January 17, 3019 – Meeting Galadriel and That Other Guy

Welcome to January 17, 3019 of the Third Age. Today the Fellowship enters Lothórien proper and gets to meet Galadriel and her husband. Let’s not dilly dally.

Book Two, Chapter 6: Lothlórien
“In the morning they went on again, walking without haste.”

A Break at Cerin Amroth

For the morning walk, the Fellowship were all still blindfolded. But around noon they stopped and were met by some Elves sent by Galadriel. They told them that they could remove the blindfolds – even Gimli, who was the first Dwarf to look upon Lórien since Durin’s Day.

Even before having his blindfold removed, Frodo was enamored by Lothlorien. But once he could see, so much of it came flooding over him. This was done by direct order from Galadriel herself. Even Gimli the Dwarf was to have his blindfold removed. She knew all about the Fellowship and knew its purpose.

Elves can often be dicks. We see example upon example of this. Even Haldir, when threatening to kill Gimli, was dickish (to say the least). But now all was different and Haldir even apologized to Gimli, who was the first to have his blindfold removed. Of course, that’s a bit diminished by Haldir basically saying “Check out the most awesome place in the world! You are so lucky to see it!” Lothlorien’s Elves were out of touch, especially with Dwarvendom.

When Frodo’s blindfold was removed, he looked around and likened it to “Springtime in the Elder Days.” Just what he knew about the Elder Days is pretty unclear. Bilbo, more than any Hobbit, would be the person to talk to about such thing, and it’s likely he related much of what he knew to Frodo.

Or maybe it was a feeling put well into words. It’s not really all that different from Sam’s rough (but brilliant) estimation: “I thought Elves were all for moon and stars: but this is more Elvish than anything I ever heard tell of. I feel as if I was inside a song, if you take my meaning.”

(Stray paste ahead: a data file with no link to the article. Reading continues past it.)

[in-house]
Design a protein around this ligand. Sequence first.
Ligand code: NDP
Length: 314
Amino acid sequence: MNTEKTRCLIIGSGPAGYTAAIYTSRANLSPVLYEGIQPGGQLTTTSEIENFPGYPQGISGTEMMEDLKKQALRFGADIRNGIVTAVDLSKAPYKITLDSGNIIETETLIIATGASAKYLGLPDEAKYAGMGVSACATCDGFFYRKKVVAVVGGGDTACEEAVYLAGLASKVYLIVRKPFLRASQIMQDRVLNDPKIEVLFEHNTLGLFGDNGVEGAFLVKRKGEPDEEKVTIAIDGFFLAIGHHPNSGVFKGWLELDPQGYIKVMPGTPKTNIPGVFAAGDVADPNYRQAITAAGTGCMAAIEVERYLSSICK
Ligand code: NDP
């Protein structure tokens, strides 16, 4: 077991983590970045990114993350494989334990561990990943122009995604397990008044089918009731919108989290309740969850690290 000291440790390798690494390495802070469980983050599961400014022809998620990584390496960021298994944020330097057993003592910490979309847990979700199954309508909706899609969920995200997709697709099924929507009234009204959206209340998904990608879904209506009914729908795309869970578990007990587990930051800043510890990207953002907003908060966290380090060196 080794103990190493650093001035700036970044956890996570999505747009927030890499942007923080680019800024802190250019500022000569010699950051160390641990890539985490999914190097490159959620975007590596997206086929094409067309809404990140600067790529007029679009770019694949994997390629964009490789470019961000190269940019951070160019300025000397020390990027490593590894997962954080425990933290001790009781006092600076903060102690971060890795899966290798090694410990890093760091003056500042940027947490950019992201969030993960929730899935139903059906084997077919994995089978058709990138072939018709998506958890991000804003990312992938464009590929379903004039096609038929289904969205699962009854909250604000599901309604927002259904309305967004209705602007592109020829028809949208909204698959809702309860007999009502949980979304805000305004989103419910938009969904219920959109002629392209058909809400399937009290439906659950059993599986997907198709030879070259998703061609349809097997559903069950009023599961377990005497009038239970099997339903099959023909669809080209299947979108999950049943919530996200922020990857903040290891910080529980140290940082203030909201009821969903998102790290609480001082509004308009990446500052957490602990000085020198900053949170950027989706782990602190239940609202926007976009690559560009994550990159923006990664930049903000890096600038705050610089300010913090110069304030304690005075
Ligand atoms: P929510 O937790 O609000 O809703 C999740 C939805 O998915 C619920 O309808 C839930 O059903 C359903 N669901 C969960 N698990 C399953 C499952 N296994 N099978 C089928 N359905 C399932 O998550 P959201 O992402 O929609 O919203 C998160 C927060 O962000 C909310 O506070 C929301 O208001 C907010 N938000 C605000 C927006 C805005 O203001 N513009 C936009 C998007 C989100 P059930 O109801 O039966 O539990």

Frodo felt the same, like “he had stepped through a high window that looked on a vanished world.” And in truth, he did. Haldir explained that Lothlorien, and specifically Cerin Amroth, where they stopped, “is the heart of the ancient realm as it was long ago.”

For some reason we’re not told, Haldir wanted the Fellowship to rest here for a few hours so that they’d “come to the city of the Galadhrim at dusk.” There’s no real reason for him to do this. Maybe Galadriel had to tidy up the place before guests arrived and Haldir was just buying her some time. No idea, though maybe it was for show. As we’ll see later, coming into the city at dusk was quite a sight.

To Frodo’s eyes, everything seemed new and ancient all at once. This seemed to effect him more than any of the others, though Sam was definitely a close second. Even though the colors he saw were nothing new, it was as if he had never seen anything like them before. It seemed as if the world was being recreated just for his viewing. This was, as Haldir explained, “the power of the Lady of the Galadhrim.”

As Haldir led Frodo up the hill, the hobbit “felt that he was in a timeless land that did not fade or change or fall into forgetfulness.” Powerful stuff, to be sure, but an illusion. The hill upon which they stood was drastically changed from the previous age when Amroth built his house in the trees. His house was long gone, a flet (basically a platform) in its place.

As Frodo climbed up the ladder to the flet, his senses were keenly aware. He experienced this a bit when he was blindfolded, which could have been chalked up to having to rely more only upon his other senses. But now, even with sight, he was hyper-aware of everything – not just of the texture of the tree, but “of the life within it.”

“He felt a delight in wood and the touch of it, neither as forester nor as carpenter; it was the delight of the living tree itself.”

When Frodo looked around from atop the tree, he first saw all of Lothlorien, including the Anduin. But when he looked beyond, it was as if he was no longer under the spell of Galadriel, “and he was back again in the world he knew.”

What he saw beyond the river was “flat and empty, formless and vague. “The sun that lay on Lothlorien had no power to enlighten the shadow of that distant height.” The “sun” in this case was actually Galadriel’s power, and the “distant height” was Dol Guldur in Southern Mirkwood, “where long the hidden enemy had his dwelling.”

For what Ciran Amroth meant to Aragorn, see this.

Here Dwell Celeborn and Galadriel

In the late afternoon, the Fellowship, let by Haldir, went on again. In a few miles, they came upon Caras Galadhon, the main city in Lórien. They were to meet with Celeborn and Galadriel.

After a quick exchange of niceties, they got down to business. While Celeborn spoke to them, Galadriel said nothing, “but looked long upon his [Frodo’s] face.” When all eight of them had been sat before the Lord and Lady, Celeborn questioned why there weren’t nine. He figured that maybe Elrond had changed his mind and the messengers never made it to Lothlórien. But Galadriel understood that Elrond had nothing to do with this.